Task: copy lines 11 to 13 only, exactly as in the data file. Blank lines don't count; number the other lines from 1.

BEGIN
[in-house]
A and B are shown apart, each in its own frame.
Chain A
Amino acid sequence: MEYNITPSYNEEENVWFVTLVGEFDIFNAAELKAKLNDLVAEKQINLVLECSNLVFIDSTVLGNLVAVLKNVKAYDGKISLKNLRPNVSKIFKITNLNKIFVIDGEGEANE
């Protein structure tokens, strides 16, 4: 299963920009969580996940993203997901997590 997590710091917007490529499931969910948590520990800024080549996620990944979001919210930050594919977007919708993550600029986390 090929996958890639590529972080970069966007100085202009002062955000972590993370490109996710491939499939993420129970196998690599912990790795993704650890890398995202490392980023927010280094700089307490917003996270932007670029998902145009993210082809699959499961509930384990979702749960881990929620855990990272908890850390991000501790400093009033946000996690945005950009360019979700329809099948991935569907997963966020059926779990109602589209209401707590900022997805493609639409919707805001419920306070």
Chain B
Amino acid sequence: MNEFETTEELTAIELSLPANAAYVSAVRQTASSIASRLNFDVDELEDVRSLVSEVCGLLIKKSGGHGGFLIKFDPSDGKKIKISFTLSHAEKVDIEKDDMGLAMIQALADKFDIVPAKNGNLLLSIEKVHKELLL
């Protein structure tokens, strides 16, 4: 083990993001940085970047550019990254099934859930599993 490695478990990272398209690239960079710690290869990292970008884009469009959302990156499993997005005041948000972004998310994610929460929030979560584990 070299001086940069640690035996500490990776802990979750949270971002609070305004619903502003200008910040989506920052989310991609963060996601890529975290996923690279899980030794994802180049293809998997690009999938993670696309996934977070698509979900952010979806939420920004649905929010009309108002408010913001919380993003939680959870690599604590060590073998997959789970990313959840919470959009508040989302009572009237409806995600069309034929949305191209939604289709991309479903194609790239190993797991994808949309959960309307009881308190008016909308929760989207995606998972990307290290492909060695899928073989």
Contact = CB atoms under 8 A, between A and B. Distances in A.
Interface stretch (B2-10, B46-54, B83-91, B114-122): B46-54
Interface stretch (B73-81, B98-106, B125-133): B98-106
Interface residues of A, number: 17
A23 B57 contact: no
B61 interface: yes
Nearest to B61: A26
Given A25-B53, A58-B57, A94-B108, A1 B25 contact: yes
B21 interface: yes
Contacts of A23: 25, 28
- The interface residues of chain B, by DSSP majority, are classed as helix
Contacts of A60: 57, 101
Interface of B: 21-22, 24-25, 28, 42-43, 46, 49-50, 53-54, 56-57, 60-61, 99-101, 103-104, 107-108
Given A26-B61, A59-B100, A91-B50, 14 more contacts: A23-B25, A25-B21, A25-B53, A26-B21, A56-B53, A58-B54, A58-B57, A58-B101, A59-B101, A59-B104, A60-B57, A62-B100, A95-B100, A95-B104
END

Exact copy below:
Interface stretch (B73-81, B98-106, B125-133): B98-106
Interface residues of A, number: 17
A23 B57 contact: no